Defy Logic or Die

I had to laugh when, after hours of agonizing over this week’s topic, I realized this weekend celebrates my twentieth anniversary of moving to Los Angeles.
My sister and I drove cross country over Valentine’s Day weekend, 1998. We made incredible time, but managed to stop for important stuff. The most important was visiting the Oklahoma bombing site that had happened just a few years prior. There was this tree.

Survivor Tree 1998.

This tree was the only thing left standing at ground zero. It defied logic, yet made so much sense. When I arrived in L.A., I only had theatre credits and two co-star roles – I had neither connections nor representation. I did, however, acclimate very quickly. The weather, the driving – I never owned a car before – and the possibilities! Unlike Chicago, I could meet dozens of casting directors face to face and no one had a preconceived idea of who I was or who I should be. That first year I booked three network TV shows and a national commercial with no agent. It defied logic.

As the years went on, I embraced my newfound freedom by joining a theatre company, teaching improvisation, directing for the stage, performing stand-up – and partying.  While I had some successes, I focused more on my “failures”. I began to take on the insecurities of my fellow actors. I saw my early success as a fluke that would never happen again. I worried that my hometown friends and family expected more than I could produce. So between crappy day jobs and theatre rehearsals, I commiserated with others over beer. I had at least four theatrical agents over a dozen years with huge gaps in between, while my acting credits grew increasingly stale. I was also living in a tiny studio that had thin walls and no light.
At the top of It’s a Wonderful Life, Clarence asks God, “Is he (George Bailey) in trouble?” God replies, “Worse – he’s discouraged.” That was me, and I felt deserving of nothing. My sister noticed this, and reminded me of my talent for defying logic. So without knowing how I’d pay for it, or what I’d study, I returned to school. Again, I walked through the process with easy, yet laser-like focus. I loved it, and discovered I didn’t have to pay a dime for my Graphic Design degree. My sense of accomplishment returned, my energy came back, and the universe hugged me. I started to book again. Upon graduation, I decided to create my own business, because I was done working crappy day jobs. When I hired a coach to help me, my business began to grow. This time, unfortunately, I took on the insecurities of my then partner and chose not to grow too much. I developed a serious skin condition, and I stopped booking. I spent the next three years putting his needs above mine.As soon as I made the decision to end this long term relationship, the universe welcomed me back with open arms. Where you been, girl? I was happy, hopeful, and younger. My energy was bright and attracted good things. I booked two national commercials and four network TV spots within that first year. I created a living space full of sunlight and peace. Soon I obtained amazing representation in both L.A. and Chicago. I was free from the fear that had been disguised as “good common sense”.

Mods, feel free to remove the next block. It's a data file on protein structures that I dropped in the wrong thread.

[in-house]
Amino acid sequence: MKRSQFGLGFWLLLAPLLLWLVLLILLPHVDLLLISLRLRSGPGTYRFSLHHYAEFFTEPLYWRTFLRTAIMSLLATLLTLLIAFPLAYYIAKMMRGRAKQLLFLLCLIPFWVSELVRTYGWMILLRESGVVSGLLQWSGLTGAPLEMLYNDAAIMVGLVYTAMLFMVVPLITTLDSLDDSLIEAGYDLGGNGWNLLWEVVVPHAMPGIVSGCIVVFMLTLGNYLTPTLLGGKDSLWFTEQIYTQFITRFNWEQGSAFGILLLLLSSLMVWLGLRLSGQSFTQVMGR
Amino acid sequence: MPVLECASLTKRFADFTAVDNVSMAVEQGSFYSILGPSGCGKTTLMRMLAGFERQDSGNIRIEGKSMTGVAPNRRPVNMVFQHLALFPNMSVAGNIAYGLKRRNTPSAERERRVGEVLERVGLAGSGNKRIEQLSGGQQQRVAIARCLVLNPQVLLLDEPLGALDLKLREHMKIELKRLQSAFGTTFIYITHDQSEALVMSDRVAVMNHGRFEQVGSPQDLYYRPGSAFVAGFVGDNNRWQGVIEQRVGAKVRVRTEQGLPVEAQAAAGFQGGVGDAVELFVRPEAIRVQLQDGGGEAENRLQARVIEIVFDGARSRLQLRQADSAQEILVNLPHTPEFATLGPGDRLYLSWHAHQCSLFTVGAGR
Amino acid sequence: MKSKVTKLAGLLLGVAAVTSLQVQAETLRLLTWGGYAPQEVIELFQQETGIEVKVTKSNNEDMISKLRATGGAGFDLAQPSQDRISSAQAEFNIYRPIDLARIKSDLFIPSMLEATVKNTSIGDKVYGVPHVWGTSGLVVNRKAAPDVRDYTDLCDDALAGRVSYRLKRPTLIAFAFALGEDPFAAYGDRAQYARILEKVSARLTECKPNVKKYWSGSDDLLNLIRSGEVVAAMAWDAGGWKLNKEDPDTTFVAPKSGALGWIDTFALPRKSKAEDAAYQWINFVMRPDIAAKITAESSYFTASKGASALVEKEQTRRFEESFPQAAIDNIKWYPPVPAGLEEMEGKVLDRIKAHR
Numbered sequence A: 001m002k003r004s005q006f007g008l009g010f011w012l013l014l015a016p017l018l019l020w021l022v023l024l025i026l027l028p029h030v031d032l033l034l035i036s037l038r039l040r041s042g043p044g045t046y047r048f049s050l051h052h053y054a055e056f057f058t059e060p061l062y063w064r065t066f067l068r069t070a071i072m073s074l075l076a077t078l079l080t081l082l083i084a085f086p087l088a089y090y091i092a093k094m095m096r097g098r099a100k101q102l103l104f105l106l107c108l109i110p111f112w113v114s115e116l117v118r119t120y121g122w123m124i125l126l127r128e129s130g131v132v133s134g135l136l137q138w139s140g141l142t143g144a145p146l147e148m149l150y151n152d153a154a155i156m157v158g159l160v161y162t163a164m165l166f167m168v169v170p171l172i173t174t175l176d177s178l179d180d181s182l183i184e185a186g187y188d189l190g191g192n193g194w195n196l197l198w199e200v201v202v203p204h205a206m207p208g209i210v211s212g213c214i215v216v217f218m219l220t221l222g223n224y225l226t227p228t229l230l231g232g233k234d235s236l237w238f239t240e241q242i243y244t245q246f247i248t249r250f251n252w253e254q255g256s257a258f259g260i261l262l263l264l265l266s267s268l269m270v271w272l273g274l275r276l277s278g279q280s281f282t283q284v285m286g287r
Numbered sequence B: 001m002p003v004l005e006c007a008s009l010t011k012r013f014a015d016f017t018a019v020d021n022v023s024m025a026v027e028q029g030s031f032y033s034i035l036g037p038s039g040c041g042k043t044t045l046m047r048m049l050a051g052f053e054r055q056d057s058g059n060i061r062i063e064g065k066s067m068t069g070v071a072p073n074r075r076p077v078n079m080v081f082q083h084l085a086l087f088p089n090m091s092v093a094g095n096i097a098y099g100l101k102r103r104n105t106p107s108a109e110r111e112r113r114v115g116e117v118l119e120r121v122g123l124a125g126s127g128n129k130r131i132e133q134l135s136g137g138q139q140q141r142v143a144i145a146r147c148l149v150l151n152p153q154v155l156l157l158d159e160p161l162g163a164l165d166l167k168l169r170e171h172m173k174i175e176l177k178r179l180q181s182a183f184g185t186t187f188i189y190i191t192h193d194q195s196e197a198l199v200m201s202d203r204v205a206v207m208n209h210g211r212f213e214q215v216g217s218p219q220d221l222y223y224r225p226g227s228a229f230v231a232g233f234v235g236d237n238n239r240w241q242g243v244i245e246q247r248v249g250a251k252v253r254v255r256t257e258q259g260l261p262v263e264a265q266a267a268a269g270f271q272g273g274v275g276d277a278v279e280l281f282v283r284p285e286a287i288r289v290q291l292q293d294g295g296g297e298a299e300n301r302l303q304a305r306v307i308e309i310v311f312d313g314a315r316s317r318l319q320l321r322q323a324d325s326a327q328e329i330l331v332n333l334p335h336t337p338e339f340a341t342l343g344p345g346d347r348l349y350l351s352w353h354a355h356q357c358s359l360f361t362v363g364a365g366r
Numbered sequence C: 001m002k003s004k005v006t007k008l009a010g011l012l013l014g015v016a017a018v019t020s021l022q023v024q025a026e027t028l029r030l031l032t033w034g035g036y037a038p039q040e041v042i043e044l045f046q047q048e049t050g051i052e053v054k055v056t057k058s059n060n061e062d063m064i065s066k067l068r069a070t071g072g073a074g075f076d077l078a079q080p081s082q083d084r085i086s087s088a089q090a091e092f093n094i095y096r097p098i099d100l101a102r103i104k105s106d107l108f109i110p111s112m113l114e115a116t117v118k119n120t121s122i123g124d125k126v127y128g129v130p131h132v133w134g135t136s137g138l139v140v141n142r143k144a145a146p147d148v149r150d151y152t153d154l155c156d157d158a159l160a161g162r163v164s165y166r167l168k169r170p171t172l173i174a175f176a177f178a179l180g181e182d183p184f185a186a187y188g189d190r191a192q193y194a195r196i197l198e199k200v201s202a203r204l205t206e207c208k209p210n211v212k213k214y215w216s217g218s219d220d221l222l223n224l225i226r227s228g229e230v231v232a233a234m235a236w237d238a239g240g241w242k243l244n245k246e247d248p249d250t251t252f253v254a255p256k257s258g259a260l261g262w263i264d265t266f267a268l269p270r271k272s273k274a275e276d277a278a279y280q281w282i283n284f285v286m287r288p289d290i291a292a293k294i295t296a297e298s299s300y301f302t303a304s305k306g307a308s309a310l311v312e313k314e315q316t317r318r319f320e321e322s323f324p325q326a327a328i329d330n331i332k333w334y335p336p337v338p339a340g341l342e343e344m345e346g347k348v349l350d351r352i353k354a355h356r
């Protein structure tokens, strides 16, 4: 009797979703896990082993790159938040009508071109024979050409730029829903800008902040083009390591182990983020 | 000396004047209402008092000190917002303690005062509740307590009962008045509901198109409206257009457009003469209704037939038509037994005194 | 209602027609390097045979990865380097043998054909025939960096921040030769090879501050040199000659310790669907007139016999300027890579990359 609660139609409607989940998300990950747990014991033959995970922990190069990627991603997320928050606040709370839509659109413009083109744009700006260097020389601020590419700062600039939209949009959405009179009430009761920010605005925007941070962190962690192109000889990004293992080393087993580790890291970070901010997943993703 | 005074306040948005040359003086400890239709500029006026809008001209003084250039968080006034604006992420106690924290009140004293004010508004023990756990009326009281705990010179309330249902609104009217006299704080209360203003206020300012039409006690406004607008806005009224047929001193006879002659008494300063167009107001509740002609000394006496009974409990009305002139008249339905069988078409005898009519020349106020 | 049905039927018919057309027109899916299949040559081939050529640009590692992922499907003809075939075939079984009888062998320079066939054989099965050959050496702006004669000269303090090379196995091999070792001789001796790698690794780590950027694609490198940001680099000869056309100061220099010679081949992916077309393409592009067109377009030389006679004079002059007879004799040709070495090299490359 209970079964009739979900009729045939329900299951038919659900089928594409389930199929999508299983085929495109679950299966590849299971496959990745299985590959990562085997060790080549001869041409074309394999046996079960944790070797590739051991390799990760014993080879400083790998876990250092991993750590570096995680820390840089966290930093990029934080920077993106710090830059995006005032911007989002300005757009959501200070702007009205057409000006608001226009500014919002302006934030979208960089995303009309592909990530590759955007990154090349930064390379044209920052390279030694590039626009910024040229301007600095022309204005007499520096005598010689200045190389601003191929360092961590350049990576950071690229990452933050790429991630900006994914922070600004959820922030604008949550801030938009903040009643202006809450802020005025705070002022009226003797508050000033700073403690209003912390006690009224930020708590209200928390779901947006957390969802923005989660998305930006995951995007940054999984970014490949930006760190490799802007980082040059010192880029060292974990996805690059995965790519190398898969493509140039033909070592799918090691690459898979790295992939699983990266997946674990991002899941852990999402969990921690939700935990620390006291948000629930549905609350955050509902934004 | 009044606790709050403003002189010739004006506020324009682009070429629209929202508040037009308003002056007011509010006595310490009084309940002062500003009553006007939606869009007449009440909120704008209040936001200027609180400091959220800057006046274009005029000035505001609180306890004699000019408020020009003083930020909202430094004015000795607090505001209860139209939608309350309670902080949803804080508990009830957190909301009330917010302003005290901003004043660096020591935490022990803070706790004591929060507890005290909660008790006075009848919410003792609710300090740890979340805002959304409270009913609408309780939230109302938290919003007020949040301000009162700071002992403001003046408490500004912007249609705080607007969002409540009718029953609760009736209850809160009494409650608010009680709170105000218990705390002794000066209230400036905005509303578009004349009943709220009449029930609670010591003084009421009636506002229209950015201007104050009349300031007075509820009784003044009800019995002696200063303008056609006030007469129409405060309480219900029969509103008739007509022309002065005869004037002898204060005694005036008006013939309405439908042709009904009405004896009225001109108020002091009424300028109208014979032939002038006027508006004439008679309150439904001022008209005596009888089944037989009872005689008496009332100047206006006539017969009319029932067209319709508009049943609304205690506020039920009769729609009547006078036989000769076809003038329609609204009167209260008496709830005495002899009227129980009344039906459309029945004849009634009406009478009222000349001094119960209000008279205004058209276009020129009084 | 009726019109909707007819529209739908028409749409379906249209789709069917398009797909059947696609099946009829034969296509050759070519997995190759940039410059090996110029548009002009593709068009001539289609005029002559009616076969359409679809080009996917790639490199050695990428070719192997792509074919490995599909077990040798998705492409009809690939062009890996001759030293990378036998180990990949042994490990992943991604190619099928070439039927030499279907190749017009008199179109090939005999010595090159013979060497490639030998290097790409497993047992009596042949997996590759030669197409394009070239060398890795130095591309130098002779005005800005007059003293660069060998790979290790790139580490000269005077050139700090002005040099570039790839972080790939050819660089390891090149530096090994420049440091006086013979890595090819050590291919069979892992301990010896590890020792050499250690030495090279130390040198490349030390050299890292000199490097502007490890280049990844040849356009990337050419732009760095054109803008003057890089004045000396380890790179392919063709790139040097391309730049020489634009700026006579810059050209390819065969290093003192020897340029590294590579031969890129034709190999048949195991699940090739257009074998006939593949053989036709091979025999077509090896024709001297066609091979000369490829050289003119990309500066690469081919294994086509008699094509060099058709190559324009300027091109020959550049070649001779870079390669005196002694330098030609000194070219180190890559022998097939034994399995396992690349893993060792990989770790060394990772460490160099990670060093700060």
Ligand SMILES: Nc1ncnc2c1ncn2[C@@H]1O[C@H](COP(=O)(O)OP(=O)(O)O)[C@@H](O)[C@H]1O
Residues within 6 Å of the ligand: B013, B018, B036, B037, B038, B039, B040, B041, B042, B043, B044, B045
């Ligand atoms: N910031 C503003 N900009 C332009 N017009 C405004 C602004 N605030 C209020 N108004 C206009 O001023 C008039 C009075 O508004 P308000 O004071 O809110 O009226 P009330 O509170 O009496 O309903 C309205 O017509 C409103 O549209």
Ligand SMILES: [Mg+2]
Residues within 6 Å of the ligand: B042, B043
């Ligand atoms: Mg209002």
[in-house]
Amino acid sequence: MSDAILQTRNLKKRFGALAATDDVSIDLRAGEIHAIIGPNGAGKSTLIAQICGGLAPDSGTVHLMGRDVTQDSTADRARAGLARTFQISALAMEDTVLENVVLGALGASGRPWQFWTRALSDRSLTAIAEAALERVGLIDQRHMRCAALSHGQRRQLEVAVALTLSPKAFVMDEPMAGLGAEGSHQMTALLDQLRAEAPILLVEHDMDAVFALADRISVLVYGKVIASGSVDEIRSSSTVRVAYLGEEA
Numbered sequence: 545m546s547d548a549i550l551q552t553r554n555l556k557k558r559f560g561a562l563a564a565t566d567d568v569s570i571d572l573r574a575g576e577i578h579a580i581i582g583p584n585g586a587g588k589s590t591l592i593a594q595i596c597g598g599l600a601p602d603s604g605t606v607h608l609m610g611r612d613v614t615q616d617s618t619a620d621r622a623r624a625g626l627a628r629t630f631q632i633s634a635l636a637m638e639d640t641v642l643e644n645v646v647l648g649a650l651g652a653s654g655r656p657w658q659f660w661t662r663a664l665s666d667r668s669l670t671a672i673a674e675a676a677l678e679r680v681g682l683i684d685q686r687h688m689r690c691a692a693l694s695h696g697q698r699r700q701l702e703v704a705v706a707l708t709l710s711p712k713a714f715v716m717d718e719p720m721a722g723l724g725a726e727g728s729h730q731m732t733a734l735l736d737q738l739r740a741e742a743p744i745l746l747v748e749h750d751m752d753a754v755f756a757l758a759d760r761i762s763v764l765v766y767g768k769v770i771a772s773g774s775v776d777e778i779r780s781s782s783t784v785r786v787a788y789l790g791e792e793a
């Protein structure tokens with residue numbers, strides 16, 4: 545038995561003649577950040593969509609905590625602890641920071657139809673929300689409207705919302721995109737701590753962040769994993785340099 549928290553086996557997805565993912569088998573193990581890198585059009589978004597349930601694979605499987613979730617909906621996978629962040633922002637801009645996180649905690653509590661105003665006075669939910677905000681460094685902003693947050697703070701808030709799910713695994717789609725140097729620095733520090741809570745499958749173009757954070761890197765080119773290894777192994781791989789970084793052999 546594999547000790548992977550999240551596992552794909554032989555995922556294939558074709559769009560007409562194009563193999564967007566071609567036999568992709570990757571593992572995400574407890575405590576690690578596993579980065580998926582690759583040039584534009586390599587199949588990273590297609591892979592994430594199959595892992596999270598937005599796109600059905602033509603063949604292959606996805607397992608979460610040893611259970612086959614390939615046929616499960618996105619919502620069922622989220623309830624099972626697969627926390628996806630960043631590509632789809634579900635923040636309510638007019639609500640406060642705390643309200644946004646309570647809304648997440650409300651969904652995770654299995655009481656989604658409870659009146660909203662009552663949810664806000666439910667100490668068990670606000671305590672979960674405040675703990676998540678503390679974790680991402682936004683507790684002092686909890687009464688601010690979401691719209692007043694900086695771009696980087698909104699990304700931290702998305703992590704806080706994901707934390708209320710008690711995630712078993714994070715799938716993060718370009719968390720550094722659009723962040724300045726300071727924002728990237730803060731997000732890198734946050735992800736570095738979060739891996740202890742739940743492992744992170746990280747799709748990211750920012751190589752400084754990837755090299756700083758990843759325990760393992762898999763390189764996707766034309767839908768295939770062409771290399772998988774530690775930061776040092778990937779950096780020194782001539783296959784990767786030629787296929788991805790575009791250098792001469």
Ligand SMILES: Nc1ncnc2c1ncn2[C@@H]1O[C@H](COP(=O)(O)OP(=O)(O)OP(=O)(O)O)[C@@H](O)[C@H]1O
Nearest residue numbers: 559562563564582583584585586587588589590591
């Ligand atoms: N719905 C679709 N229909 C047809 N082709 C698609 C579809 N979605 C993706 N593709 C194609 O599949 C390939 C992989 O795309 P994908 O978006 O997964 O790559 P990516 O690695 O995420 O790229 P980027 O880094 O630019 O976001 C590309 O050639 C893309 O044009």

I have always loved living on the edge, not knowing how things will turn out. I love it, because deep in my soul I know everything will always turn out fine. And now I am determined to love my way of living more than others fear it.

Survivor Tree, 2011.

My Name is Doreen, and I’m an Addict

As much as I wish I was as hip as a tragic, dysfunctional artist, I’m not talking about substance abuse. I’m talking about something that is perhaps a bit more universal – my dependence on creative highs. Followed by, of course, inescapable what-am-I-doing-with-my-life lows.  tragedy-comedy_01_446A friend compared the closing of her show to post partum depression. And I knew what she meant. It’s what used to drive me from show to show to show, looking for my next “high”, so I wouldn’t have to feel . . . nothing – the worst place for an artist to be. There’s nothing like that creative “mosh pit” called a show to make you feel alive! I flitted about unconsciously. Like it was something that was just done. Over and over and over. This is what actors do, right? But I was unaware.

It was just before I moved to LA that I began gravitating towards a place of balance. It was unfamiliar territory. Using Julia Cameron’s the Artist’s Way, I started to experience periods of calm without restlessness. Paper-boat-4d677a1e20b7f_hiresI let the Universe guide me, like a paper boat in a stream, to undertake a 560 mile bike ride. I worked a full-time job for the first time in my life, and didn’t do a show for a year, I think. I still took classes and had acting gigs, but they gave me a sense of satisfaction as opposed to a “rush”. Needless to say, when I got to Hollywood, I fell off the wagon, the adrenaline kicked in, and I got back on the the treadmill of creative “highs”. And of course, the extreme of lows kicked in right on cue.